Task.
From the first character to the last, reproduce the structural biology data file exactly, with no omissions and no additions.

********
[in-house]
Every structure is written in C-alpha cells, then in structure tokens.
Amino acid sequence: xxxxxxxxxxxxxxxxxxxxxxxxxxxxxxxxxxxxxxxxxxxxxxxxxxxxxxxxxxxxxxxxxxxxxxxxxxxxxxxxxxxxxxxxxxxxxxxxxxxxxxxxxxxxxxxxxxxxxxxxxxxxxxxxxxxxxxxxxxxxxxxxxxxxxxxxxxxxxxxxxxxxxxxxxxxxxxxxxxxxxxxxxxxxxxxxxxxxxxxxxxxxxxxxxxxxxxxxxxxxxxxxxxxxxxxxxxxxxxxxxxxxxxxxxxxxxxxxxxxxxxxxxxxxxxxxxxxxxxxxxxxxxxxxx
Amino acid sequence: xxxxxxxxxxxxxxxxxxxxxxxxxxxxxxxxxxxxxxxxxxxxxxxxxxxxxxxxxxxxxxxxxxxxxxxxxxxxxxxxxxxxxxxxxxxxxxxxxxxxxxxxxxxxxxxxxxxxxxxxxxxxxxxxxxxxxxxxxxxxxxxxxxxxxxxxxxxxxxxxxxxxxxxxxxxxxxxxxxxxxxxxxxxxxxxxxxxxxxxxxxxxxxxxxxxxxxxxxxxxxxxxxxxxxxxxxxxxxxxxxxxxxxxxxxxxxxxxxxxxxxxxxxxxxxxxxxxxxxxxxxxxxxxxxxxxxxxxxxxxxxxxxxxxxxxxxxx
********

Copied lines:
[in-house]
Every structure is written in C-alpha cells, then in structure tokens.
Amino acid sequence: xxxxxxxxxxxxxxxxxxxxxxxxxxxxxxxxxxxxxxxxxxxxxxxxxxxxxxxxxxxxxxxxxxxxxxxxxxxxxxxxxxxxxxxxxxxxxxxxxxxxxxxxxxxxxxxxxxxxxxxxxxxxxxxxxxxxxxxxxxxxxxxxxxxxxxxxxxxxxxxxxxxxxxxxxxxxxxxxxxxxxxxxxxxxxxxxxxxxxxxxxxxxxxxxxxxxxxxxxxxxxxxxxxxxxxxxxxxxxxxxxxxxxxxxxxxxxxxxxxxxxxxxxxxxxxxxxxxxxxxxxxxxxxxxx
Amino acid sequence: xxxxxxxxxxxxxxxxxxxxxxxxxxxxxxxxxxxxxxxxxxxxxxxxxxxxxxxxxxxxxxxxxxxxxxxxxxxxxxxxxxxxxxxxxxxxxxxxxxxxxxxxxxxxxxxxxxxxxxxxxxxxxxxxxxxxxxxxxxxxxxxxxxxxxxxxxxxxxxxxxxxxxxxxxxxxxxxxxxxxxxxxxxxxxxxxxxxxxxxxxxxxxxxxxxxxxxxxxxxxxxxxxxxxxxxxxxxxxxxxxxxxxxxxxxxxxxxxxxxxxxxxxxxxxxxxxxxxxxxxxxxxxxxxxxxxxxxxxxxxxxxxxxxxxxxxxxx